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Health 411: Answers on healthcare and Medicare open enrollment

November 14, 2011|By Lisa Zamosky, Special to the Los Angeles Times
  • Going to an out-of-network doctor can mean paying a higher out-of-pocket fee.
Going to an out-of-network doctor can mean paying a higher out-of-pocket… (Jupiterimages / Getty Images )

If you get your health insurance through your job and haven't yet looked at your 2012 benefits package, wake up! You're about to miss your chance to pick insurance coverage for next year.

Open enrollment periods, which take place in companies across the country, typically close sometime in November. If you haven't missed your window of opportunity, now's the time to get busy reading those health insurance pamphlets because employers are making changes this year that can have a significant effect on your wallet.

Medicare beneficiaries are also in the throes of an annual open enrollment period, which started last month and ends Dec. 7, nearly one month earlier than in years past. Now is the time to make changes to — or sign up for — a Medicare Advantage or Part D prescription drug plan.

To help with what many people find a confusing process, here are answers to your most pressing questions about open enrollment.

The cost of my employer's plan went up again this year. Can I find less expensive coverage someplace else?

Maybe. But experts say that even with rising costs, you're still likely to get the best deal on a health plan through your employer.

If your spouse has the option of getting insurance through work, compare his or her coverage with yours to see if it makes sense to sign on there. If that's not an option, you can look to the private insurance market.

Private plans are becoming more attractive, with richer benefits and prices that are in some cases comparable to plans offered by employers, says Keith Mendoza, a consumer specialist with the online insurance broker eHealthInsurance.com. The healthcare reform law requires all insurers — even those selling individual policies directly to patients — to include benefits such as preventive care with no cost-sharing and to eliminate lifetime maximum spending, Mendoza says. Just remember that, unlike employer health insurance, you can still be denied coverage on the private market due to a preexisting medical condition.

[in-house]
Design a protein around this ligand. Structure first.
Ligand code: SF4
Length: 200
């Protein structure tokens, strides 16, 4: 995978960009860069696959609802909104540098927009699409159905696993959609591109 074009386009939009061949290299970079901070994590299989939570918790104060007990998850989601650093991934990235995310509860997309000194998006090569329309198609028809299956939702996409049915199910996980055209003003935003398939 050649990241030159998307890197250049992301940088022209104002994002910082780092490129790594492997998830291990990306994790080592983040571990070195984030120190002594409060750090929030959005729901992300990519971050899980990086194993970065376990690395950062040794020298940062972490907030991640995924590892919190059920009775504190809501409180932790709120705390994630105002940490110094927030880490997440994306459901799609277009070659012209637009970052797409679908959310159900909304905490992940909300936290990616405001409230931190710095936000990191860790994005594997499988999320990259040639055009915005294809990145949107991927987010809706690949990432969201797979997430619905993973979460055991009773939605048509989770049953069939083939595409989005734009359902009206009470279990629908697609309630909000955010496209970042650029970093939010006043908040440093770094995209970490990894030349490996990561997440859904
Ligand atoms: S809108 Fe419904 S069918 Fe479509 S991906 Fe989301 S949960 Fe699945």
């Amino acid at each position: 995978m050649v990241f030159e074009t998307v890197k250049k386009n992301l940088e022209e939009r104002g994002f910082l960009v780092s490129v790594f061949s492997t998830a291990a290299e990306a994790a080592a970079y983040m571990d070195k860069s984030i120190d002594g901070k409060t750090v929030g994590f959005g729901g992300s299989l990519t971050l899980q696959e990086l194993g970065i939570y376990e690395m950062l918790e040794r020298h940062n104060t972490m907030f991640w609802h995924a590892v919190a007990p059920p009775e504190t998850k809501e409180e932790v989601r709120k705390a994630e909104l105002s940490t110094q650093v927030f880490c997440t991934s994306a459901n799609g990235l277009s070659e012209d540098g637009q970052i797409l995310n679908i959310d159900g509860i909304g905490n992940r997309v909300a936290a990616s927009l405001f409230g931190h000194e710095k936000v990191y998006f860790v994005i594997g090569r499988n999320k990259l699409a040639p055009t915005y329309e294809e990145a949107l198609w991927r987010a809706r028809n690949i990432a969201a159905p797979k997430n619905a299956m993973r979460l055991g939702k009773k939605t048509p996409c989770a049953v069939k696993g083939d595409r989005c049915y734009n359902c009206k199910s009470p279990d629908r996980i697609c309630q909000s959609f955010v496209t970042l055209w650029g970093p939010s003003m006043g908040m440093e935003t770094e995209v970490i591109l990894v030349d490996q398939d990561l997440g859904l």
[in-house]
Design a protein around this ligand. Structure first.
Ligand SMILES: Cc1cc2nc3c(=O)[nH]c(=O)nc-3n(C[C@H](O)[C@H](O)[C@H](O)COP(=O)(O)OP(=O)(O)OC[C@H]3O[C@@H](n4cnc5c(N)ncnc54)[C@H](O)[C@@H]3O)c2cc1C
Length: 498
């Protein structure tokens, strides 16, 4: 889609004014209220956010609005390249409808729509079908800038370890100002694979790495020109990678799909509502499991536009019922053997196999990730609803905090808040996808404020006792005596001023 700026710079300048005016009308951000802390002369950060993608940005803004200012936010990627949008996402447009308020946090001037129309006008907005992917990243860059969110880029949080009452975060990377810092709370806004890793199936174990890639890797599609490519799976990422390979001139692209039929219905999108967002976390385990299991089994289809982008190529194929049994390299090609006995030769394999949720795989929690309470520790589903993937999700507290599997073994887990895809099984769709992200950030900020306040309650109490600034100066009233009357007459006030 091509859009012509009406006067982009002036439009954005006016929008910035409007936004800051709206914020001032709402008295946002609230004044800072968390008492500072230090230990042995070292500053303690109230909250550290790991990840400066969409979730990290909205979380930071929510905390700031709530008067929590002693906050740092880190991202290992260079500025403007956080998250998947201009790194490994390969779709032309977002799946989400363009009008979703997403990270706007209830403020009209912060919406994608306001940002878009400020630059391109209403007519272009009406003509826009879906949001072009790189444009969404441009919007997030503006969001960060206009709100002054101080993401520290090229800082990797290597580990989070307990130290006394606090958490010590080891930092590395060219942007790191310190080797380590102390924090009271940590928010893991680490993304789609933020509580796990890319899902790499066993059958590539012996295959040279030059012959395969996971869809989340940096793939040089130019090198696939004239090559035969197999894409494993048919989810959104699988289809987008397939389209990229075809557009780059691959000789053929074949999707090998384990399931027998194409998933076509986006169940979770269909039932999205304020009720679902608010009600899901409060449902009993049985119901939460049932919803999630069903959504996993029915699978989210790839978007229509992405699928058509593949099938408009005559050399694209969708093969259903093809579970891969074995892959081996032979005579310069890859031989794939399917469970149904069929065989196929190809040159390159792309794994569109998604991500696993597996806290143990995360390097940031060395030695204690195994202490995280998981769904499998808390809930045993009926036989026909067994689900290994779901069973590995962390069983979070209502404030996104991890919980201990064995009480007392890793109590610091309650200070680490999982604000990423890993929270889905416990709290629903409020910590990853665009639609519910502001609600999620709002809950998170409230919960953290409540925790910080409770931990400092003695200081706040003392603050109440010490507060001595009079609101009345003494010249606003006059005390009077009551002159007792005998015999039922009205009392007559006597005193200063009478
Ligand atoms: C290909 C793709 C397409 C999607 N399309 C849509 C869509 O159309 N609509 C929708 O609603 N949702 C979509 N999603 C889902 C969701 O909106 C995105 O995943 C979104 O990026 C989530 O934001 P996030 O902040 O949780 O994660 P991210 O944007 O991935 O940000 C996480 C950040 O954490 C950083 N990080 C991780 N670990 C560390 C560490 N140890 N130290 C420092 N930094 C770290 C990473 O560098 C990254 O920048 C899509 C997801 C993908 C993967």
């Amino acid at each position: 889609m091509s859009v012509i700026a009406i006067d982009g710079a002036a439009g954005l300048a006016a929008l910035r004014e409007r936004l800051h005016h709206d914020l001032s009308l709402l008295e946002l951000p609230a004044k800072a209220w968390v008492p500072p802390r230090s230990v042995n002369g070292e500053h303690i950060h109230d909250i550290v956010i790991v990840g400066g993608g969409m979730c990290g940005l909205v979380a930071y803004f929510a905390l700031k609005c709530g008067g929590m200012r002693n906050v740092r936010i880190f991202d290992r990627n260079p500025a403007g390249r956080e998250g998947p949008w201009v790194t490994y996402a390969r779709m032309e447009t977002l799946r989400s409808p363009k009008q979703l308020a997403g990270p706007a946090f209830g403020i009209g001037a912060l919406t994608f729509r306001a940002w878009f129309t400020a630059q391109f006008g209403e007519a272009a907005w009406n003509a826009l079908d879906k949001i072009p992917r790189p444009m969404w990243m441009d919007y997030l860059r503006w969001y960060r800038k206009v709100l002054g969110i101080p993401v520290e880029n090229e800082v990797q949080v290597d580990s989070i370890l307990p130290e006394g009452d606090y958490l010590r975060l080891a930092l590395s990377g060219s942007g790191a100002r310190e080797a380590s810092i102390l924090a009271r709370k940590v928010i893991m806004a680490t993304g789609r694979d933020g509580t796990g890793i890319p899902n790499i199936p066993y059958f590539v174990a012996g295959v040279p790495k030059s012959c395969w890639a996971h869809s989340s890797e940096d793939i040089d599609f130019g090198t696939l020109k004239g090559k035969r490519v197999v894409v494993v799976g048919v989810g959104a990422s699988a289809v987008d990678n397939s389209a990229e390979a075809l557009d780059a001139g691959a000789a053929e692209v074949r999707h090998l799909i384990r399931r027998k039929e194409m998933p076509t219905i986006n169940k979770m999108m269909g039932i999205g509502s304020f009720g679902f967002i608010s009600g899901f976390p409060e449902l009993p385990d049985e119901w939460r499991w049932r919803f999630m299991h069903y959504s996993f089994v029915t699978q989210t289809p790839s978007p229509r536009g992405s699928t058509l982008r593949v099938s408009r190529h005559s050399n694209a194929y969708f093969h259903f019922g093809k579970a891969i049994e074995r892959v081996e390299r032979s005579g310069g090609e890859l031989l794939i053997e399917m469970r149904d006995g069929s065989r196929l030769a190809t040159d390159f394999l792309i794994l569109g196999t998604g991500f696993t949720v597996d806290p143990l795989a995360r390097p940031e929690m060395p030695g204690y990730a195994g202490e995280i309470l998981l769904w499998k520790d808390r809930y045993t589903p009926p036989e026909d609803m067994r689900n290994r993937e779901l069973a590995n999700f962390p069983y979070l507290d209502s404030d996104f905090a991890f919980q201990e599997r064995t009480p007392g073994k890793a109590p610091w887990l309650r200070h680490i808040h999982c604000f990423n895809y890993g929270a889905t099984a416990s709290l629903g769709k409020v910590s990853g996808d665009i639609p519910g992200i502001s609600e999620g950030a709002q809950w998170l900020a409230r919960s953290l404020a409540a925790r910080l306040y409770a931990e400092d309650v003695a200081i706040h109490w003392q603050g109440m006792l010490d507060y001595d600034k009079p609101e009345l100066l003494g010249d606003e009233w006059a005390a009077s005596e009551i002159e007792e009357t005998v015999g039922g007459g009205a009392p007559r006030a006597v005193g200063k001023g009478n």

If your employer-sponsored insurance options have gotten more expensive, you're not alone. According to the National Business Group on Health, the country's largest corporations expect to see health insurance costs rise by about 7.2% in 2012. For mid-sized to large companies, costs are projected to rise about 5.9%, according to a survey by Towers Watson, a human resources consulting firm.

"Employees won't necessarily pay more out of their pocket through their payroll deduction, but they will pay more when they go to see the doctor," says Michael Thompson, of PricewaterhouseCoopers' Health and Welfare Practice.

One potential option for saving money is to consider a consumer-directed health plan, which more employers are offering. These are high-deductible plans that "usually cost the employee less but they require them to pay more out of pocket," says Helen Darling, chief executive of the National Business Group on Health, a nonprofit that represents large employers on health policy issues.

The cost of insurance for my family is extremely expensive, and I'm not sure I can afford it. What do I do about my spouse and my children?

Not all family members need to be on the same plan. Mendoza suggests that people mix and match coverage. Often you can save by insuring younger, healthier family members with a plan you purchase on the private market. That may be a good option considering that 73% of employers will require employees to pay more for dependent coverage next year, according to the Towers Watson survey.

You can compare plans side-by-side at eHealthInsurance.com or speak with one of their licensed agents by calling (800) 977-8860. You can also find a licensed insurance agent in your area at the National Assn. of Health Underwriters website. Go to http://www.nahu.org, click on "Consumer Information" and choose "Find an Agent."

If I choose a different health plan for next year, will I still be able to see my doctor?

Not necessarily. If you switch plans, the provider network may change too, even if you stick with the same insurance company. And visiting a doctor who is out-of-network means greater out-of-pocket costs.

If you decide to hold on to the same plan you had this year, it's still wise to confirm that your doctor will accept your insurance. You can do that with online tools typically made available on insurers' websites. But it's always a good idea to call your doctor directly to ask.

Will all of my prescriptions still be covered?

Again, don't count on it. Formularies — an insurer's list of covered drugs — can change from year to year. What might have been a preferred brand in the past won't necessarily be so going forward.

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